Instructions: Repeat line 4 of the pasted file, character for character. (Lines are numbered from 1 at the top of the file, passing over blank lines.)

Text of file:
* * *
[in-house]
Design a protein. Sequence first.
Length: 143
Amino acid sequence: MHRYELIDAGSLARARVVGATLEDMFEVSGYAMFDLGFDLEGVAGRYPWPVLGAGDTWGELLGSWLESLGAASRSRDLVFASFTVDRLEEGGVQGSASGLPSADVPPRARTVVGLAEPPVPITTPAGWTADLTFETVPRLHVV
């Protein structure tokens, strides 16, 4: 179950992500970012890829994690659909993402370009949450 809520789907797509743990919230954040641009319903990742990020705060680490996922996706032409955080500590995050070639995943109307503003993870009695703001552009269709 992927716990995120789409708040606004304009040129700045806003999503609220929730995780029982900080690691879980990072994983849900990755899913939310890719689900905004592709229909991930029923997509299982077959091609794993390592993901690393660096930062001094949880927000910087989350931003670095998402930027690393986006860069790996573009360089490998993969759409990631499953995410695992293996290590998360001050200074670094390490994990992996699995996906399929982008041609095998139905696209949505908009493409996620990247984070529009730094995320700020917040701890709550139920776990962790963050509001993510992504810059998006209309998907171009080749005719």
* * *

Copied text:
Amino acid sequence: MHRYELIDAGSLARARVVGATLEDMFEVSGYAMFDLGFDLEGVAGRYPWPVLGAGDTWGELLGSWLESLGAASRSRDLVFASFTVDRLEEGGVQGSASGLPSADVPPRARTVVGLAEPPVPITTPAGWTADLTFETVPRLHVV